While rentals make up many of the large projects, developers filed condominium plans as well, including Extell’s 225 West 57th Street.
For several years now, it has, of course, been easier for a developer to get a construction loan for a rental project than for a condo. That’s largely because of the hot rental market and the tough mortgage environment for condo buyers. While lending has loosened up for buyers, it’s still easier for a builder to get a development loan for a rental project.
Glenwood Management, which specializes in rental construction and ranked No. 9 on TRD’s list, filed a building application for a 257-unit rental building last year. The project, which won approval from the DOB last month, will rise at 175 West 60th Street in Lincoln Square, and will likely start renting in late 2014.
Gary Jacob, company executive vice president, said while the 2012 building application numbers may show improvement, those 4,600 units applied for last year don’t come close to what developers were building in the 1980s. Available data seems to back that recollection up: For example, in 1985 there were more than 12,000 residential permits issued, Census figures showed.
In terms of inventory, Jacob said he was not concerned about a possible glut, noting that if there were too many rental buildings in the pipeline it would be harder to get construction financing from the federal government. Yet financing remains available for rental construction, Jacob said.
Michael Slattery, senior vice president at the Real Estate Board of New York, agreed.
“I think people are more optimistic about the market, the limited inventory and rising rents,” he said.
Still, he noted: “There are all the kinds of indicators you would like to see [to spur new development] and the permit applications may represent that.”
On the commercial front, hotel developers filed plans for 2,177 hotel rooms in 2012. That’s an uptick from the year before when they filed plans for approximately 1,700 units, TRD’s analysis showed. In addition to the Schrager site, Raber Enterprises filed plans for a 239-unit residential and hotel building designed by architect Peter Poon. (The application was pending as of late last month.)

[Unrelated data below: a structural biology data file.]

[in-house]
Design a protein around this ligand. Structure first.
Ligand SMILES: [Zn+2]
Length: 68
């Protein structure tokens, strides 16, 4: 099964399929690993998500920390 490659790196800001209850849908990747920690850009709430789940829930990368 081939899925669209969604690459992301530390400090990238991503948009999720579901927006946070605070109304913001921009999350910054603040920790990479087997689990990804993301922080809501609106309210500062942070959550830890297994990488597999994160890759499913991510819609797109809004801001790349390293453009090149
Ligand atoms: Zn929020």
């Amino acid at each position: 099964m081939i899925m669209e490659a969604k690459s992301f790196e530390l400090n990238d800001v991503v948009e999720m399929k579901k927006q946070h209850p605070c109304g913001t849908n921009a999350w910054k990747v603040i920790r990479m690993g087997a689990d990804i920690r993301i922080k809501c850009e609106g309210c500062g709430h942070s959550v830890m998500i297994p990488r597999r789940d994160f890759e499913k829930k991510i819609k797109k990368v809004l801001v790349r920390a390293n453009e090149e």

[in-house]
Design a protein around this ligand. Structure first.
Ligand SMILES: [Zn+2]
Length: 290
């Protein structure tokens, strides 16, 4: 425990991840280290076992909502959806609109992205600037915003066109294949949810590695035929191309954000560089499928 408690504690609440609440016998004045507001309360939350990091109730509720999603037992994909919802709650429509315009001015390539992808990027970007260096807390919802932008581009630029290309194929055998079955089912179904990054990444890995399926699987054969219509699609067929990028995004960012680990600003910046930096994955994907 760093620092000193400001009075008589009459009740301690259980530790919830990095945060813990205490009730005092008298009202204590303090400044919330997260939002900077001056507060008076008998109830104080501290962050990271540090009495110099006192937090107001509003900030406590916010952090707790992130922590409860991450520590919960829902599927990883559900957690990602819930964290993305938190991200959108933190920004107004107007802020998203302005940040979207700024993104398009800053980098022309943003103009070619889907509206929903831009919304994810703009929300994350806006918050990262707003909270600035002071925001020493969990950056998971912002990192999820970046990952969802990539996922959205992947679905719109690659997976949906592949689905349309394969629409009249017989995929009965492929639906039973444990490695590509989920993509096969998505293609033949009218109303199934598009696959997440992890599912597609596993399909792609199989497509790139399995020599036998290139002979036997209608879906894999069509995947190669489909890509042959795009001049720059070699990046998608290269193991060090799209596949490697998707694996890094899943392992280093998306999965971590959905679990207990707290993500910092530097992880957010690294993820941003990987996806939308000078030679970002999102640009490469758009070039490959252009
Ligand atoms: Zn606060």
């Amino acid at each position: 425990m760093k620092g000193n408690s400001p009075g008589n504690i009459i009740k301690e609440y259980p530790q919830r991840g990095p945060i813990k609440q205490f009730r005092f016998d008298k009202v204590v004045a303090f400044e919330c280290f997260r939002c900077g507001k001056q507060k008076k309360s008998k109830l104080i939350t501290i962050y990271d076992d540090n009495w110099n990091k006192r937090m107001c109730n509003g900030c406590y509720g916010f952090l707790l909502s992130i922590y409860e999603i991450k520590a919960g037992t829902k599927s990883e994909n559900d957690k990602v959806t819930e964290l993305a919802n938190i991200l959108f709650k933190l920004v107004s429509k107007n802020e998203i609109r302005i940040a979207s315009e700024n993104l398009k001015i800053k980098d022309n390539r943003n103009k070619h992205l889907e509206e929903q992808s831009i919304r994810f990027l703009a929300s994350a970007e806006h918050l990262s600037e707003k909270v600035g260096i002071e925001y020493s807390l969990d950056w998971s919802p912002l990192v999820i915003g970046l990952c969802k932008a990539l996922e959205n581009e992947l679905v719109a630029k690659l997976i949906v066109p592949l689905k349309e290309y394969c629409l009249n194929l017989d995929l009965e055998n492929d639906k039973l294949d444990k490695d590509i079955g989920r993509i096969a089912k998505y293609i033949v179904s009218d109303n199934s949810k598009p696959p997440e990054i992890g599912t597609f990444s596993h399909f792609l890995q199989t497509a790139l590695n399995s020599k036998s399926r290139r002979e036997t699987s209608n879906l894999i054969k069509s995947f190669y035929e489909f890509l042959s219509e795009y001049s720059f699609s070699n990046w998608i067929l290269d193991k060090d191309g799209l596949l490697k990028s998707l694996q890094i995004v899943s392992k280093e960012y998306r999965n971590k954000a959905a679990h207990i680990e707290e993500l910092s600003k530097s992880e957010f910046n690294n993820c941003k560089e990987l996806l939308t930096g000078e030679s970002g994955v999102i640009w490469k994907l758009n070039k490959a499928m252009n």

Excluding Related’s Hudson Yards tower, there were only a handful of new permits sought for offices, including New York-
Presbyterian’s hospital building and a proposed 15-story New York University science building at 435 East 30th Street.
While the DOB applications showed that developers were seeking approval for projects spread around Manhattan, there were some areas that attracted more attention than others.
For example, there were no applications for projects filed between 68th and 96th streets on the West Side. And Rudin’s new building in the West Village was the only new project filed in a large area bounded by Houston and 14th streets west of Broadway to the Hudson River. Likewise, no plans were filed in Gramercy Park.
Other areas attracted a great deal of interest.
For example, the growing Penn Station and NoMad District, from about 23rd to 29th streets between Broadway and Eighth Avenue, drew applications for seven new projects, including the 23-story residential tower at 215 West 28th Street, with 154 units proposed by the American Development Group, based in West Hempstead, L.I.
Still, sources say the number of applications could be even higher if there were more available development sites in Manhattan.
“The issue is, are there enough sites that can [support] large enough buildings to [fill in the lack of supply]?” Heym said. “Any way you look at it, you are still way below where you where before [the collapse] of Lehman Brothers.”